The Forum led to some great media coverage, with Ministry of Environment staff and the British High Commissioner all appearing on national TV, and live posting on social media via the account @PCAMaldives, which provided a summary of the proceedings.

The second week of the visit included a range of more focused workshops and meetings, including a workshop held in Malé covering environmental impact assessment (EIA). The EIA workshop was attended by staff from the Maldives Environment Protection Agency (EPA) and independent EIA consultants. This was the first time the consultants had been together in a room to discuss the draft EIA regulations and how EIA is conducted throughout Maldives. Discussions were enthusiastic, and participants had many thoughts and ideas about how the process could be strengthened. The EPA presented their updated EIA Regulations; and the OCPP team presented and facilitated breakout sessions covering data collection and submission, stakeholder engagement, and monitoring compliance, as well as a gap analysis session to identify key priorities. The OCPP team is looking forward to continuing to work on this project with the EPA, to strengthen EIA regulations and environmental protection in Maldives.  

Image 4: Environmental Impact Assessment (EIA) workshop participants (photograph © OCPP).

Following the EIA workshop, the OCPP team facilitated another workshop, covering marine pollution emergency response, and attended by the EPA, stakeholders from the Ministry of Transport and the Maldives coastguard.

Image 5: Marine pollution emergency response workshop participants (photograph © OCPP).

During the first day of the two-day workshop, the EPA gave a presentation on their role during a marine pollution incident. This was followed by a presentation from the coastguard covering the oil spills that have been responded to by the Maldives coastguard between 2021 and 2023. The rest of the day was led by the OCPP team, covering topics such as spill impact mitigation assessment, oil spill fingerprinting and post-spill monitoring. 

    

Images 6 and 7: Marine pollution emergency response workshop: a presentation given by the Maldives coastguard; participants at a table-top exercise (photographs © OCPP).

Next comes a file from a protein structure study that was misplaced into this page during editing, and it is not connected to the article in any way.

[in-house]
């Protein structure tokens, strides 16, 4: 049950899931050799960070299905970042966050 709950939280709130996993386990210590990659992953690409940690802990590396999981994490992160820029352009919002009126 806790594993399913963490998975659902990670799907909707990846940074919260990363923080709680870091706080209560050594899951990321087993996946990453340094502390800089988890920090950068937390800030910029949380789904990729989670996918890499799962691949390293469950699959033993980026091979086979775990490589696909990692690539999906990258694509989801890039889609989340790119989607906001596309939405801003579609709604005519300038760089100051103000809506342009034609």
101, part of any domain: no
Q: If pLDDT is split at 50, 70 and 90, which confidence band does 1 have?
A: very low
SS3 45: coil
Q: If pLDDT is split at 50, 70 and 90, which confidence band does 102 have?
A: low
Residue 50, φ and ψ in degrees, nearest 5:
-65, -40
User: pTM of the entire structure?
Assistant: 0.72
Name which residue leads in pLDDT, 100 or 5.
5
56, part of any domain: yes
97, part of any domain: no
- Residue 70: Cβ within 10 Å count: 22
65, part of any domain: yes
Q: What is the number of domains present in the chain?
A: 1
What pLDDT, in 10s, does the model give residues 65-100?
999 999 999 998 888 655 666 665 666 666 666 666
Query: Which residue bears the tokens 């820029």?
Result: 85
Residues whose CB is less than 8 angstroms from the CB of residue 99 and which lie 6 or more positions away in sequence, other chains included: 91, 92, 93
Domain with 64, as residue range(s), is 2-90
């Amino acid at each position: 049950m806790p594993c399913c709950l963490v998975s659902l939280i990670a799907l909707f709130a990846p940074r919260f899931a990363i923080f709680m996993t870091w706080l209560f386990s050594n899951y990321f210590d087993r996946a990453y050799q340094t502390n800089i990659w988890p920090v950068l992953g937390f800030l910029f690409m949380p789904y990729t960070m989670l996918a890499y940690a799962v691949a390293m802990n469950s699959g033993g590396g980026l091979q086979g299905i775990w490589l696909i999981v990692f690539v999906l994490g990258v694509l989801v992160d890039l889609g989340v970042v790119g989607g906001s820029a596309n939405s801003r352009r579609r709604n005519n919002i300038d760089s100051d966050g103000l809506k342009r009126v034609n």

The second day of the marine pollution emergency response workshop focused on a table-top oil-spill exercise. The OCPP team had designed a scenario spill which would impact multiple environmental and socio-economic receptors on the Laamu Atoll, including a protected turtle nesting beach at Gaadhoo island! Participants had to act quickly to process the incoming information from the 'pollution phone' and decide what was the best option for mitigating further impact, how they should help oiled wildlife and how they should conduct post-spill monitoring and ecosystem restoration. Participants had a table-top map which they gathered around to discuss the best strategies, whilst keeping an ear out for the phone call that would give them additional information about the ongoing situation. Thankfully, participants worked hard to get the 'spill' under control and restore the beautiful Laamu Atoll. 

In addition to the Forum and workshops, staff from JNCC visited Fuvahmulah island in the south of Maldives to discuss work being undertaken there around reviewing shark eco-tourism practices. Whilst on island, the team conducted a PAME assessment, and had meetings with the Council and stakeholders around next steps to support MPA management plan development.

  

Images 8 and 9. The visit to Fuvahmulah island: headquarters of Fuvahmulah Nature Park; a group meeting to conduct a PAME assessment (photographs © OCPP).

Back in Malé, meetings were held with the Environment Protection Agency (EPA), Ministry of Environment, Maldives National University and others to explore opportunities and future work under the partnership.

The trip was hugely successful, not only to progress work areas but also to strengthen relationships with partners, particularly following the election of a new Government in Maldives in December 2023.

Now back in the UK, the team is looking forward to continuing this successful partnership to make a positive impact in Maldives.

For further information about our work in Maldives under the Ocean Country Partnership Programme, visit our webpage.